These results suggest that, under the present experimental conditions, midshipman superficial neuromasts do not follow the predicted responses of velocity detectors. This is not to say that these neuromasts do not respond in proportion to velocity at the receptor level, but this information is obscured at the level of the primary afferent. In addition to presenting stimulus amplitudes beyond the linear range of the system, a key methodological difference between this and previous studies was the placement of the stimulus relative to the receptive neuromasts. Most demonstrations of velocity sensitivity of the lateral line have been done either in vivo with the vibrating sphere located in the same position relative to each receptive neuromast (Kroese and Schellart 1992; Kroese et al. 1978) or in vitro using isolated patches of skin containing superficial neuromasts (Harris and Milne 1966; Kroese et al. 1978; Strelioff and Honrubia 1978). Our study was done in vivo, but the stimulus was not in the same position relative to the receptive neuromast for each unit because the sphere's position was fixed. Variability in the distance between the stimulus and the receptor may have caused the variability in phase and low frequency slope of the response. It is possible that under experimental conditions like those described in Kroese and Schellart (1992), midshipman superficial neuromasts would respond in a velocity sensitive manner. Our methodology, however, allows us to consider a more realistic situation in which an array of lateral line organs is presented with a stimulus at some point in space rather than with a stimulus that is equidistant from each receptor. Moreover, it is likely that natural stimuli will be of sufficient amplitudes to drive the lateral line system beyond the linear response range. Thus in a more naturalistic context, the responses of superficial neuromasts might be too complex to be modeled solely in proportion to velocity.
While characteristic frequency and best excitable frequency of midshipman superficial neuromasts fell within a relatively narrow frequency range, there was considerable variation in the shapes of threshold tuning curves and isovelocity curves. Comparisons with previous studies are difficult because most have reported physiological responses in terms of displacement or acceleration rather than velocity, as we have done in this study. The shapes of frequency response functions are dependent on the stimulus parameter to which data are referred (Kalmijn 1988, 1989), and translating frequency response curves between different components of the stimulus is not appropriate if the responses are not linear (seeMontgomery et al. 1988). Low-pass units were similar in shape to velocity-sensitive units in the antarctic fish,Trematomus bernacchii (Coombs and Montgomery 1994; Montgomery and Coombs 1992), while band-pass units were more similar in shape to acceleration sensitive units reported in these studies (see Fig. 7 in Coombs and Montgomery 1994). Although the low-frequency parts of the curves are similar, antarctic fish have much steeper high-frequency slopes than midshipman. This might be attributed to the much colder temperatures inhabited by Trematomus.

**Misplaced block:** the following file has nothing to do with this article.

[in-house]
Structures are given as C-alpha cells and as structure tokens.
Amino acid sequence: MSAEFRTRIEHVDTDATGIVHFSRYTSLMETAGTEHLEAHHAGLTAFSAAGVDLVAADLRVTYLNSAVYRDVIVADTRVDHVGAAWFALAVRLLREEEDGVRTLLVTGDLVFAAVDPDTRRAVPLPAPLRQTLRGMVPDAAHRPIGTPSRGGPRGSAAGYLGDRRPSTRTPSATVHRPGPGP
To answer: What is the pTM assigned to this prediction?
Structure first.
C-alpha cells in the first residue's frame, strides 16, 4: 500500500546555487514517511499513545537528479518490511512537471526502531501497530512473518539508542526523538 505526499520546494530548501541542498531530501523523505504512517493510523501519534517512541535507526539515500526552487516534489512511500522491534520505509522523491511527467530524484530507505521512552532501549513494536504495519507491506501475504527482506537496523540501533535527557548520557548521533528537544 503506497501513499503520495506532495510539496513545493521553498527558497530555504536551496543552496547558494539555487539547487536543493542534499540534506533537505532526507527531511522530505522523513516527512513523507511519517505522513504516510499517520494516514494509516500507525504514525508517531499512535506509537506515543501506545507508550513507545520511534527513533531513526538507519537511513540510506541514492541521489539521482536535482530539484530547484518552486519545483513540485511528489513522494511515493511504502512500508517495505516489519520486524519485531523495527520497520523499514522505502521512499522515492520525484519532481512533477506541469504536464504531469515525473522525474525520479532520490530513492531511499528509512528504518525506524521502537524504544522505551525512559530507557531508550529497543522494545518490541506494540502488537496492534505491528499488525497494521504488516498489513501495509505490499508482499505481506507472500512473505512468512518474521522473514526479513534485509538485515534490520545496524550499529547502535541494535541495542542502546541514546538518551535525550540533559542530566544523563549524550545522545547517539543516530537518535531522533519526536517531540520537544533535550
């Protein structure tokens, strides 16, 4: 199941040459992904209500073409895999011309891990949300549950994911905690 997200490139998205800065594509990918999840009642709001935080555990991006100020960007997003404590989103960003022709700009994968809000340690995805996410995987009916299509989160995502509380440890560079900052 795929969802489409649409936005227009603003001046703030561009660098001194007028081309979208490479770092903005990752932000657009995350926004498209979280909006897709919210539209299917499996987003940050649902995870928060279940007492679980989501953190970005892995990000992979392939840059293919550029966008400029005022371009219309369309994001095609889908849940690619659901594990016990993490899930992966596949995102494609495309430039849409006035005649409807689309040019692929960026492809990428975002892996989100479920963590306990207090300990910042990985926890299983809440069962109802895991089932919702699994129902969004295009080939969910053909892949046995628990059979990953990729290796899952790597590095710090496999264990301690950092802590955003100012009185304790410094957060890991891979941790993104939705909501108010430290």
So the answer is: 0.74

Complex units were characterized by a deep notch in either the threshold tuning or isovelocity curves. In most units, this notch occurred at 70 Hz, and the width of the notch was variable. It is unclear whether this notch was biological in nature or an artifact of our experimental setup. The fact that the notch usually occurred at 70 Hz suggests that it may have resulted from nonuniformities in the stimulus field at 70 Hz. However, the majority of units did not contain a notch, implying that such nonuniformities only existed at particular points in space around the stimulus. We were unable to map out the velocity field around the stimulus, so we cannot determine if this was the case.
Broadly tuned units were particularly interesting in that they exhibited an almost flat response across a wider frequency range than has been reported for superficial neuromasts in other species. These responses extended into the frequency range typically thought of as the domain of canal neuromasts (Coombs and Montgomery 1999).Coombs and Montgomery (1992) hypothesized that the high-frequency slope of canal neuromasts is determined by hair cell and primary afferent membrane time constants, which steepen the slope relative to predicted responses. Higher-order filtering mechanisms may also function in superficial neuromasts and might account for the broad tuning of some units. In fact, the loss of a trunk canal may have favored adaptations to increase the frequency range of superficial neuromasts to compensate for what would otherwise result in a loss in functionality. It would be interesting to examine the response properties of superficial neuromasts in other teleosts that lack a trunk canal to see whether this is a general phenomenon.